Who Are All of These Pittsburgh Fans? Go Steelers!?
Dear Bar Exam columnist Lissa Townsend Rodgers,
I was going through your mag today & I noticed the story about the sports bar ... Play Of The Day (October 20) ... Just newly retired & new member of Henderson ... Sun City Anthem ... My wife & I were shopping for a bar stool for the new house. We had been there before but had to come back cause bar stools were too high. I never noticed the sports bar until we came out the door facing Play of the Day. Wweeeelllllllll .... I got hungry real fast, so my wife & I went in. It had to be 5 o' clock somewhere so we had their cheeseburger special ... delicious. Along with an Iron City Beer, of course. The place was decked out in all its glory with Steeler stuff. I never felt more at home than there. I lived 26 miles southwest of THE BURGH, on the Ohio river, in the small steel town of Midland, Pennsylvania. There you watched the Steelers on Monday Night Football, in the bowling alley (Riveria Lanes), starting at 9 p.m. to midnight or later, even if you had to go to work the next morning ... didn't matter ... Steelers ... case closed. After landing in San Diego (Navy) was I able to watch the Steelers at 6 p.m. To make a short story long ... being a Steelers fan is a lifetime thing ... You just had to live there to know ... Youin's take it easy ... thanks for the article.
Dear Lissa T. Rodgers,
Thanks for the recent great piece on Big Bob (Mitchum, October 6), the fine writing, and most especially for the sweet words about my book (Robert Mitchum: Baby I Don't Care). Most kind.
Are We Too Bitter?
Dear TV Critic Josh Bell,
Regarding Man Vs Vegas (reality show on CMT, October 20), I could not DISAGREE with you more. Me and several of my friends found this show VERY entertaining. I am sure a lot of people agree with you or disagree with you, such is the world of a critic. But the reason I am writing is to say your review of this show seems unecessarily bitter. As a local, I would think you would be more interested in seeing someone promote Vegas the way he does (as a city that will probably take all of your money) and someone who does good things for people. I am hoping that when my friends come out to visit, they experience such a thrill of someone giving them $3,000 just for the hell of it. Like the show or not, I think you were extra cruel for some reason, wonder why?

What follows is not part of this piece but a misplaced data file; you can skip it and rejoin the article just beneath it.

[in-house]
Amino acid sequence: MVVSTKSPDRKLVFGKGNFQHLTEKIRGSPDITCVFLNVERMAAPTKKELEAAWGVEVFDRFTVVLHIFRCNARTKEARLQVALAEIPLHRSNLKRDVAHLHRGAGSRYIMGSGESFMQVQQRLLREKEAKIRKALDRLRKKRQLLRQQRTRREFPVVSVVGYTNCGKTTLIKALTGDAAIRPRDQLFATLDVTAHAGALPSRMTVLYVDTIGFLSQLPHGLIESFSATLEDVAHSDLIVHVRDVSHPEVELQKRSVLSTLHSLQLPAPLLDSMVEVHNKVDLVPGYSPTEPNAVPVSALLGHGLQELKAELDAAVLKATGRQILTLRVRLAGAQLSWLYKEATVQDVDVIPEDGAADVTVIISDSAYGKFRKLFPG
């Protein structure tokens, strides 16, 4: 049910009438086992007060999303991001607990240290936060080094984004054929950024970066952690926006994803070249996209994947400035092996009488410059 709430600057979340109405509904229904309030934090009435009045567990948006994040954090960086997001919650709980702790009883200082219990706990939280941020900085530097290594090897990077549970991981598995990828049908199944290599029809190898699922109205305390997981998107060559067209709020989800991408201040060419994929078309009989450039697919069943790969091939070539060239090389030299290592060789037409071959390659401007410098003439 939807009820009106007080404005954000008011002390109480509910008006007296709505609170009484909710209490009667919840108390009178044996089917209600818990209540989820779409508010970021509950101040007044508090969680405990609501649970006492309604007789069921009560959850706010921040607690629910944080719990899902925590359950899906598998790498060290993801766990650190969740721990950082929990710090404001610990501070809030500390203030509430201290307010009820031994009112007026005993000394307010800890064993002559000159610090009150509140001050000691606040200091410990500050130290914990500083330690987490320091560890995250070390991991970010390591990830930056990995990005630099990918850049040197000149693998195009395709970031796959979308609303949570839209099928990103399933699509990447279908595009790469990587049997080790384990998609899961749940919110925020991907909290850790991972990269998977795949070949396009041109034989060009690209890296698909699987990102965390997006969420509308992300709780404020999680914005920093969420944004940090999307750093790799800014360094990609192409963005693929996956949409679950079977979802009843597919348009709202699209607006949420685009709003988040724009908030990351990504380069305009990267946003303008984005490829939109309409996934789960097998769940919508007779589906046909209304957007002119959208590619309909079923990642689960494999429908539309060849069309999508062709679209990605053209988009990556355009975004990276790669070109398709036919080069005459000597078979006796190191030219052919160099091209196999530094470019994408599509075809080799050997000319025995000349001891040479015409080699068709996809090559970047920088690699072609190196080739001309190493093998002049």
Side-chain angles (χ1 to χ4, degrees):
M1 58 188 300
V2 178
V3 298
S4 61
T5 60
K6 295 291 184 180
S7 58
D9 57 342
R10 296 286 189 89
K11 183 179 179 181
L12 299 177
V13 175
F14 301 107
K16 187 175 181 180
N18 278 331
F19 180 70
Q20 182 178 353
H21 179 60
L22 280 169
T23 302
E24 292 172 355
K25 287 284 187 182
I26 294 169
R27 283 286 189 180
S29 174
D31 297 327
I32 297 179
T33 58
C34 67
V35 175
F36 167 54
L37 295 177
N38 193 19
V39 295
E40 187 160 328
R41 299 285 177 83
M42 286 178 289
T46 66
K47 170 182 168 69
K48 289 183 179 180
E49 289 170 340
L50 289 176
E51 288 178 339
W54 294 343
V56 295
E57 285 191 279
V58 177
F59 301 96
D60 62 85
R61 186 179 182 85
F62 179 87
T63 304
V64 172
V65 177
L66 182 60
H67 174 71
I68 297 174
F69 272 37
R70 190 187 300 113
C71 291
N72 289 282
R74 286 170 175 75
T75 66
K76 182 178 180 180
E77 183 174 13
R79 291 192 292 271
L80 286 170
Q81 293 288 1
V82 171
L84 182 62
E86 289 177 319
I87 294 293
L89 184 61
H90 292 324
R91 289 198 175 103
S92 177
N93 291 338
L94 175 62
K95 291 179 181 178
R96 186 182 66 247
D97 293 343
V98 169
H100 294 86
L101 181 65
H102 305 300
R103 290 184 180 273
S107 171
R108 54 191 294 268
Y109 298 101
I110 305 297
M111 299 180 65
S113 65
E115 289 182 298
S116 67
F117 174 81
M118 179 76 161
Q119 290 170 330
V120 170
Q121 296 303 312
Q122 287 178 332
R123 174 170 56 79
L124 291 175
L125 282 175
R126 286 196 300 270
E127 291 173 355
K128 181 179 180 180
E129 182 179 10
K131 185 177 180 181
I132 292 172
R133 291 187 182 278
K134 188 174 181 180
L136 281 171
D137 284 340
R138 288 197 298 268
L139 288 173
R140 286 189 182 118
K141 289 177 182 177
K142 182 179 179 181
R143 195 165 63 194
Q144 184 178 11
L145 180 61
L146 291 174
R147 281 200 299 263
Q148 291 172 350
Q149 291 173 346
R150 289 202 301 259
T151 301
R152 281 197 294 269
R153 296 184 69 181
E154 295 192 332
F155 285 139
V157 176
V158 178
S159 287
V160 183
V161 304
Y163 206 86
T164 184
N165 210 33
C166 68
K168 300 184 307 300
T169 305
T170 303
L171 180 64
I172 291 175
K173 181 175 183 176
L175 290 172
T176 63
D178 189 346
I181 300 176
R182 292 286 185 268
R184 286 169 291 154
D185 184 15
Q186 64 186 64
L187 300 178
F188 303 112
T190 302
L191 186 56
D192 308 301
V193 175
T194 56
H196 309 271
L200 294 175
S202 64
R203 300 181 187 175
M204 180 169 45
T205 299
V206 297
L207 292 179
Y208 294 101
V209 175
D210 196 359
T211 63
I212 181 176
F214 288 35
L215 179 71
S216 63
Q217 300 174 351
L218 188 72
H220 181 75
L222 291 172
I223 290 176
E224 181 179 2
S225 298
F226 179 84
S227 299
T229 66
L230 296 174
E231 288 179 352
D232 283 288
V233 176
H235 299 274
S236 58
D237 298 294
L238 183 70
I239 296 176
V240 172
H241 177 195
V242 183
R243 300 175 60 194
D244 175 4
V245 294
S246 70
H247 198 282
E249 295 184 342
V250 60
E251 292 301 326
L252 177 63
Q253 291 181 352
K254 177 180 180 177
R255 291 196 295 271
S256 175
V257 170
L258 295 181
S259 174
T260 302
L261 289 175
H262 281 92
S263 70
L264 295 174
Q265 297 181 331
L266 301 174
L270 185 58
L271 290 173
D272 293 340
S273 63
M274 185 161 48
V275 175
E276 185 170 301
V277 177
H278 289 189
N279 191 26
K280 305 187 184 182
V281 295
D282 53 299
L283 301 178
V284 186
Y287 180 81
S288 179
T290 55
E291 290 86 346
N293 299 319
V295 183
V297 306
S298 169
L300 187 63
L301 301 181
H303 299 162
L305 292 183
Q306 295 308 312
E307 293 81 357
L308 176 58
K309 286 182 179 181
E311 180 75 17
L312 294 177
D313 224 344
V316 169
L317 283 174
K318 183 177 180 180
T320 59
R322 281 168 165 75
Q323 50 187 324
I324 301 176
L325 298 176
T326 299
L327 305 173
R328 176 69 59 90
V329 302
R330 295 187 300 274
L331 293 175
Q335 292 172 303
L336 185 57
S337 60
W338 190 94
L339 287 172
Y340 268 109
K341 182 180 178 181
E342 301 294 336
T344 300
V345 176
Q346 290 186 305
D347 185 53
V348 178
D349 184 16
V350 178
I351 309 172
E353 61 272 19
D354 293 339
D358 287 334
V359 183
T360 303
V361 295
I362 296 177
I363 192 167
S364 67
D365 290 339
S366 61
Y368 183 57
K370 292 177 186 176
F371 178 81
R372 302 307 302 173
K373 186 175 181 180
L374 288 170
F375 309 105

Josh Bell responds:
Although honesty in the depiction of Vegas is admirable, the show perpetuates the notion that it's possible to "beat" the town, which is misleading and dishonest. It also encourages an obvious compulsive gambler to indulge his addiction in a self-destructive manner. It's nice that he gives people money, but it might be nicer if he got some professional help for his problem.
Coyotes, Hogs, Heifers—They're So Easy To Confuse
I am writing you to point out an error you printed in your column about Coyote Ugly that appeared in the October 27 issue of Las Vegas Weekly ("Coyote Lovely," Nights on the Circuit). The movie WAS indeed based on a New York bar, however it is called Coyote Ugly Saloon, and it has been open in Manhattan since 1993—not Hogs and Heifers as you stated. The movie was optioned by Disney and Jerry Bruckheimer from an article that appeared in GQ magazine in 1996 called "The Muse of Coyote Ugly." If the movie was based on Hogs and Heifers, don't you think it would have been called that? You can find the original GQ article and more information about Coyote Ugly Saloon at www.coyoteuglysaloon.com.
I hope that you will print a correction about this fact.
Director of Business Development
Coyote Ugly Saloon
A&E Editor Martin Stein responds:
The Hatfield-McCoy feud over the origin of the 2000 film that launched Piper Perabo on the road to obscurity is hotly contested, with New York's Coyote Ugly Saloon and Hogs and Heifers both claiming to be the inspiration. It makes sense that the film's title is from Coyote. It's also possible screenwriters used the rowdier Hogs as a muse but switched names. Or it might have been their predecessor, the highly successful Village Idiot, where girls danced on bars and the owner arm-wrestled patrons for drinks—in the '80s. No matter, the Weekly's simply happy to have women to look up to.